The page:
Israel Boycott Fight Divides Democrats on Free Speech Concerns
(Bloomberg) -- Senate Republicans are daring Democrats to vote against a measure aimed at preventing anti-Israel boycotts as they seek to portray the party as divided over Israel.
Republicans added a provision to an otherwise bipartisan Syria sanctions bill that would let local and state governments cut ties with groups and businesses that advocate boycotting Israel. The new provision prompted complaints from some Democrats who say it would restrict free speech in an effort to politicize traditionally bipartisan support for Israel.
“It encourages states to adopt unconstitutional legislation,” Senator Chris Murphy of Connecticut said. “I don’t think we should be in the business of forcing anybody to sign a loyalty pledge as a condition of employment.”
The Senate, which voted 74-19 earlier this week to advance the measure, may pass it as soon as Thursday. Senate Democrats had blocked the overall bill three times this month while the government was shut down, saying they wanted to reopen federal agencies before turning to other topics.
Republicans seemed to welcome the controversy, hoping Democratic opposition to the provision could be used to portray a tilt to the left in the Democratic Party’s stance toward the Israeli-Palestinian conflict. GOP Senator Marco Rubio, who added the Israel-related measure to the legislative package, said Democrats had been stalling the vote and had “no excuse not to move to it now.”
“There’s a desire by Republicans to use Israel as a wedge issue,” Dan Shapiro, who served as U.S. ambassador to Israel during the Obama administration, said in an interview. “Not a single Democrat in the Senate supports BDS, so there is an opportunity to craft the provision on BDS in a way that reflects that consensus and make sure it passes constitutional muster.”
BDS refers to the global “boycott, divestment and sanctions” movement against Israel over its treatment of Palestinians. BDS calls for ending Israel’s occupation of Palestinian land, ending discrimination against Israeli Arabs, and allowing Palestinian refugees and their descendants to return to lands they fled or were expelled from in 1948. Israel says it represents a threat to its character as a Jewish state.
This month, Florida, Rubio’s home state, became the second state to bar Airbnb Inc. from receiving state pension fund investments ahead of its upcoming IPO for removing Israeli-owned properties in the disputed West Bank from its rental service. The company has said it doesn’t rent in disputed areas worldwide but also doesn’t support the BDS movement.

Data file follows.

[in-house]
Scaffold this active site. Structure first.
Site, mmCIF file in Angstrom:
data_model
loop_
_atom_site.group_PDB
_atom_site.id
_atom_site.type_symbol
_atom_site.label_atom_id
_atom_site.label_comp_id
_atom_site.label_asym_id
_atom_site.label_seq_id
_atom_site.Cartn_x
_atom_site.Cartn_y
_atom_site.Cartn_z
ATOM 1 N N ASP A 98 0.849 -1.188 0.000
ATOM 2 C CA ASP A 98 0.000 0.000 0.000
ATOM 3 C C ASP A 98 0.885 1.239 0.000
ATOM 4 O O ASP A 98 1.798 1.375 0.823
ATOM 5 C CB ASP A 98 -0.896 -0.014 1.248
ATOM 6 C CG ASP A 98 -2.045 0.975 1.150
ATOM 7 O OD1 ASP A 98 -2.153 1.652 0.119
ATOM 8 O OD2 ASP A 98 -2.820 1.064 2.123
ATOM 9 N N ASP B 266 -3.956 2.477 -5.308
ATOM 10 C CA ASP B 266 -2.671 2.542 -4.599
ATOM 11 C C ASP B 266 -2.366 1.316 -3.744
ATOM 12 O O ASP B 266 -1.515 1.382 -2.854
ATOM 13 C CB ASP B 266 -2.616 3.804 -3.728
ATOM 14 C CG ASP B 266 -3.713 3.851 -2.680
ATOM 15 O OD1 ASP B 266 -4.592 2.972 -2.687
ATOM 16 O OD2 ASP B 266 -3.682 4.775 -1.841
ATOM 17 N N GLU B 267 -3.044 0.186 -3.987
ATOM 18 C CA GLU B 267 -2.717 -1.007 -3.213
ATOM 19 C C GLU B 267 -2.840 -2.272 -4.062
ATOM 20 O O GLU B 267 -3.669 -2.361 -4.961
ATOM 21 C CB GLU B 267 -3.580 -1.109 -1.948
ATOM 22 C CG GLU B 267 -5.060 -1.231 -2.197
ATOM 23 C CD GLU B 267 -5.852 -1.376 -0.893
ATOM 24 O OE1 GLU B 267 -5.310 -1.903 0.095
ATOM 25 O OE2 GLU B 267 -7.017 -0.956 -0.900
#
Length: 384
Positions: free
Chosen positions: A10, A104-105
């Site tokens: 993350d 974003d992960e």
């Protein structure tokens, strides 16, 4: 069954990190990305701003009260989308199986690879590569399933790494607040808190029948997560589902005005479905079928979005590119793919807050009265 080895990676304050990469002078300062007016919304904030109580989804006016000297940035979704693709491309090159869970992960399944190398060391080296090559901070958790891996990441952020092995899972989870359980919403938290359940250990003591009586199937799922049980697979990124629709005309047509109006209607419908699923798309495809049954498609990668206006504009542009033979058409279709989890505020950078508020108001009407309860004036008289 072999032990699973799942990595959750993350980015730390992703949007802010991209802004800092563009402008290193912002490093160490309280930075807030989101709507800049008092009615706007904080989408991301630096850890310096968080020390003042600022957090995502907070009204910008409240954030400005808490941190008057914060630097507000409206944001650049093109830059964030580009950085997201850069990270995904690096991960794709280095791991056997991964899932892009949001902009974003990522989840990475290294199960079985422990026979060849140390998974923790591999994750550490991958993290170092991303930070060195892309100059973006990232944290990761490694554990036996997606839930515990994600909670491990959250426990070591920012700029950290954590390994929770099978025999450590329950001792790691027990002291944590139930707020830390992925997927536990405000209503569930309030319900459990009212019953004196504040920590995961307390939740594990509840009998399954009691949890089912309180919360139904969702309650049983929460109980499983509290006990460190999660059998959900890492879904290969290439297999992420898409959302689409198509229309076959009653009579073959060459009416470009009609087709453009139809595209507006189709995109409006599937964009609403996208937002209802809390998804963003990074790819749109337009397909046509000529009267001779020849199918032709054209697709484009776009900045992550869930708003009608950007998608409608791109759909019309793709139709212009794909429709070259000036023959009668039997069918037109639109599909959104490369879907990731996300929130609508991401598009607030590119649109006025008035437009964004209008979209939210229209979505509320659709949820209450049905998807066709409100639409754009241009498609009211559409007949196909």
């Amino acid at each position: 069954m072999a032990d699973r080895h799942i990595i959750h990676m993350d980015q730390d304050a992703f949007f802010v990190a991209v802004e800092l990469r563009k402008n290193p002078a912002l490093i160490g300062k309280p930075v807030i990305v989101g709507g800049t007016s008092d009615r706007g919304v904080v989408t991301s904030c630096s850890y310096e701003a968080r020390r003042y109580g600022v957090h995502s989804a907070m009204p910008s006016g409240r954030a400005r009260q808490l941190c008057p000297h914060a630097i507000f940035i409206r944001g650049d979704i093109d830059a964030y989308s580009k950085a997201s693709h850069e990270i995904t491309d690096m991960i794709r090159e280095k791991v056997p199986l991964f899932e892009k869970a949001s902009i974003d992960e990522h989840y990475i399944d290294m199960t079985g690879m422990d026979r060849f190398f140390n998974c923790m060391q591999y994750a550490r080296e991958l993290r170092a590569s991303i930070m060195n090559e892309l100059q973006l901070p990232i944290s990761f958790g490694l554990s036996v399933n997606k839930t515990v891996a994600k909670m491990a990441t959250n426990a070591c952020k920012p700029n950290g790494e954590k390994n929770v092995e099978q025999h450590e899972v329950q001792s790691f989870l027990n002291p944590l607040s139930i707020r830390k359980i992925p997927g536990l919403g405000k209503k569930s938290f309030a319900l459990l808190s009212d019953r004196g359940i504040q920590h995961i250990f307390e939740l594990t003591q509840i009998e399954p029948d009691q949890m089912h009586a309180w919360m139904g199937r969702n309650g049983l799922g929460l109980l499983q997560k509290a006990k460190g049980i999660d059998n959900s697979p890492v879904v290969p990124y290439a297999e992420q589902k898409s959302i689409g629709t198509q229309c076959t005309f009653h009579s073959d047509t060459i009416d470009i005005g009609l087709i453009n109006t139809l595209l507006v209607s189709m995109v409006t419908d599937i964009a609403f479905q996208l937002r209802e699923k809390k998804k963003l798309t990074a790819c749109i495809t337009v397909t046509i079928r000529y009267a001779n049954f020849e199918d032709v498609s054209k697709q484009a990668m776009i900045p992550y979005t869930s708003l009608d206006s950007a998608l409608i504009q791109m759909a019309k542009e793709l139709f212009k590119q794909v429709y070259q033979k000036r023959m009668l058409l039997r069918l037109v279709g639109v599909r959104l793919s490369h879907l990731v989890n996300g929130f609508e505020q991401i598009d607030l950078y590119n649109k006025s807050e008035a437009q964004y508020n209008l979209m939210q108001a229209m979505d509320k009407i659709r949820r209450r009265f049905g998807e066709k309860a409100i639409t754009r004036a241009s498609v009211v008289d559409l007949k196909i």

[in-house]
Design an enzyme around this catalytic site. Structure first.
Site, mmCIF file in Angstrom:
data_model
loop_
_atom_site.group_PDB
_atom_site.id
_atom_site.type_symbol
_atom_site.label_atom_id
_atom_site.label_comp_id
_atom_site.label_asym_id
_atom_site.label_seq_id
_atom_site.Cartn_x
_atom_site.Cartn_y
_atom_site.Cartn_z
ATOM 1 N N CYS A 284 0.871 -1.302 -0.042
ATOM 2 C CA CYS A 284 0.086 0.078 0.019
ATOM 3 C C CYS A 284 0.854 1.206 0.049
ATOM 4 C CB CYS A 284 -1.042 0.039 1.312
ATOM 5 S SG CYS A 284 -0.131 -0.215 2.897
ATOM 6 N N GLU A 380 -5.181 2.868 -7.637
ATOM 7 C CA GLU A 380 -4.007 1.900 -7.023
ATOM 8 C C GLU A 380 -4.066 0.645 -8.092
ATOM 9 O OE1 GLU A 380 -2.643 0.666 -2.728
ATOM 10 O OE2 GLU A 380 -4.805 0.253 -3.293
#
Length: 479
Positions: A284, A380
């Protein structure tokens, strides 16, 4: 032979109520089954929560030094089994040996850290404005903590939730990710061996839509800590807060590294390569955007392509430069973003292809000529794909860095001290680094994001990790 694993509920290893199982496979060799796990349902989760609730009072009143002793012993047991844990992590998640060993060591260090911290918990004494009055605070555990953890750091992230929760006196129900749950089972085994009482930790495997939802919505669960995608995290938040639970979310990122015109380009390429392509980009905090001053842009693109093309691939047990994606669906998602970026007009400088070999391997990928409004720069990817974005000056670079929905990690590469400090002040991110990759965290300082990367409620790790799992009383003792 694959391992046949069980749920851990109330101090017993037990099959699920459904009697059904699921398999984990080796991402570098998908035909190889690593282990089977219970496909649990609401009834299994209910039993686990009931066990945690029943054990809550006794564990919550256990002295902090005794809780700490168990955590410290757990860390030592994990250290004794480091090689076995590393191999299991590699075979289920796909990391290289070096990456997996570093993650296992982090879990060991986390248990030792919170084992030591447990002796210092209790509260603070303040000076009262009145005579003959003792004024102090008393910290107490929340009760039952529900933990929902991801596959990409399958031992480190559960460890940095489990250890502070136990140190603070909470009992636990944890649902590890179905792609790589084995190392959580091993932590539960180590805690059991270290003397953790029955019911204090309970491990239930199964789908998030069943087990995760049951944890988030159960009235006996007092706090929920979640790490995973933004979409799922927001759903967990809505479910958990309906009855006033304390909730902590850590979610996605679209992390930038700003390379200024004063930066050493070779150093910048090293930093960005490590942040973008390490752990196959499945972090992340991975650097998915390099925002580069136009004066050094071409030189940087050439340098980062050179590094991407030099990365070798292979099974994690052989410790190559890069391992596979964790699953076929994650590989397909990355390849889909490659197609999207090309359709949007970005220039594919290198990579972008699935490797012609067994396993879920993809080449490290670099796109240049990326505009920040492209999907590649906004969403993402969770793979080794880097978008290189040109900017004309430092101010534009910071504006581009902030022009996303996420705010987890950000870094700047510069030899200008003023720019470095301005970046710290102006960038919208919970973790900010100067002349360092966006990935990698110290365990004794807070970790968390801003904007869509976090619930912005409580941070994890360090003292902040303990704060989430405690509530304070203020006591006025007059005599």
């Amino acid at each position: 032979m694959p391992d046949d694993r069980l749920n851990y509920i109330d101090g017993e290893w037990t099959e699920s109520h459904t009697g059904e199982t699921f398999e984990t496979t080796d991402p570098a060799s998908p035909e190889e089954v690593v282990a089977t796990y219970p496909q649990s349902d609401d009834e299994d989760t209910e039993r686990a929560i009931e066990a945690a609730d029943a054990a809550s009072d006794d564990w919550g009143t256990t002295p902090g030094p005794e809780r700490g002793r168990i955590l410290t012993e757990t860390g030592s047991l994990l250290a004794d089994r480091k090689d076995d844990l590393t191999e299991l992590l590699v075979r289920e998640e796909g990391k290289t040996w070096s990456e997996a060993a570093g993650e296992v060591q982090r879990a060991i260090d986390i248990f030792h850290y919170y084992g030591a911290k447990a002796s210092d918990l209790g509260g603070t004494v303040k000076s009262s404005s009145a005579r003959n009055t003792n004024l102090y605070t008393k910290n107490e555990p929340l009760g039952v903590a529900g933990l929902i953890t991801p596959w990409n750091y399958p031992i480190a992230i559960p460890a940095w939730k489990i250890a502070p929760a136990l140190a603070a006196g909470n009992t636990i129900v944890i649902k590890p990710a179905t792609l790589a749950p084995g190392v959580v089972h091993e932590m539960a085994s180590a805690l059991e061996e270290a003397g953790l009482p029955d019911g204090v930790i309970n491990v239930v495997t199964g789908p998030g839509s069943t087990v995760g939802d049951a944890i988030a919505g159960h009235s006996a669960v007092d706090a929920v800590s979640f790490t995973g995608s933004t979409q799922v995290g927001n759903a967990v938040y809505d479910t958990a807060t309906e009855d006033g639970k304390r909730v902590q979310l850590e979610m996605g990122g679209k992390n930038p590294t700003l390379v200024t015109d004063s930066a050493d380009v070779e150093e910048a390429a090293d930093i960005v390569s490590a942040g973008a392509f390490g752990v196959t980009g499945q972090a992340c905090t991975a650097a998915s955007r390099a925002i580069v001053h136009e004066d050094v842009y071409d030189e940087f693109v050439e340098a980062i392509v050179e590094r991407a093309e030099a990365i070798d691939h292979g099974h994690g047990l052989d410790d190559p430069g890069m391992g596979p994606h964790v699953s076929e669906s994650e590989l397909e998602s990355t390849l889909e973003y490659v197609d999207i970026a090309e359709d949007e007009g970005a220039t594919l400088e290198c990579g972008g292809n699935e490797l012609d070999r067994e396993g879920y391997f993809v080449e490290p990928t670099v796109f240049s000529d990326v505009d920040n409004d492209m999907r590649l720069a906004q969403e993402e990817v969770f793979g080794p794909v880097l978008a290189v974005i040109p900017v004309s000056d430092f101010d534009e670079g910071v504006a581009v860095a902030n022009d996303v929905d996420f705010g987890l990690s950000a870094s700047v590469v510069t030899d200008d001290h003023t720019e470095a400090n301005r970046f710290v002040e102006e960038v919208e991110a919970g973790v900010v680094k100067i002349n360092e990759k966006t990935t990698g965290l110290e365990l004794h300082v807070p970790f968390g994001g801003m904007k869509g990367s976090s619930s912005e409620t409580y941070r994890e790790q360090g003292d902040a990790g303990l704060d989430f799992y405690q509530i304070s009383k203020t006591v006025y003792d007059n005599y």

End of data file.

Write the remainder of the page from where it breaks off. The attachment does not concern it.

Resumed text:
Read more: Florida Blocks Airbnb Investments Over West Bank Rentals
Supporters of the Republican-backed provision, which is part of larger Middle East measure that authorizes security assistance to Israel, say it’s meant to stop a group whose ultimate goal is to squeeze Israel through economic pressure.
“The campaign is driven by actors not entirely transparent about their goals,” said Jonathan Schanzer, a former terrorism finance analyst at the Treasury Department who’s now senior vice president at the hawkish Foundation for Defense of Democracies. “I’m not sure their goal is to get Israelis to leave the West Bank. This is an extension of the original Arab boycott, which is designed to harm the Jewish state.”
Three of the Democratic Party’s new members of the House -- Ilhan Omar of Minnesota, Alexandria Ocasio-Cortez of New York, and Rashida Tlaib of Michigan -- have made waves for their criticism of Israel’s treatment of Palestinians. Tlaib and Omar have signaled they back the push for a boycott, a minority view that Republicans have sought to use to taint the rest of the party.
“They forgot what country they represent,” Tlaib said of Republican efforts in a tweet. “This is the U.S. where boycotting is a right & part of our historical fight for freedom & equality. Maybe a refresher on our U.S. Constitution is in order, then get back to opening up our government instead of taking our rights away.”
Shapiro, the former ambassador, said Republicans sense an opportunity to focus attention on those members.
“Two members of the House majority have endorsed BDS in some fashion,” he said. “For Republicans, that tempts them to play the political wedge card rather than go for the bipartisan consensus card.”
Asked about the constitutionality of the bill, a spokesman for the pro-Israel lobby AIPAC, Marshall Wittmann, cited a newsletter from the group saying the bill does nothing to restrict “constitutionally protected free speech” and simply makes clear that “U.S. states have the authority to act against commerce or investment-related boycotts targeting Israel.”
That view was challenged by the American Civil Liberties Union, which said two federal courts have blocked anti-boycott laws.
“These laws don’t just threaten the First Amendment rights of companies,” Abdullah Hasan of the ACLU said in a statement. “They have and continue to strip teachers, lawyers, speech pathologists, newspapers, journalists, and even students who want to judge high school debate tournaments of their First Amendment right to boycott.”
The underlying bill would authorize at least $3.3 billion annually through fiscal 2028 for security assistance for Israel and reauthorize expedited U.S. defense sales to Jordan. It would also direct the president to impose new sanctions against those doing business with the regime of Syrian President Bashar al-Assad.
Efforts to isolate Israel’s economy date back to state-led Arab boycotts of the 1940s. These days, with Israel and Arab nations increasingly working together behind the scenes to counter Iran, Prime Minister Benjamin Netanyahu’s government has focused its attention on fighting the BDS movement, an amorphous international group led by pro-Palestinian activists worldwide.
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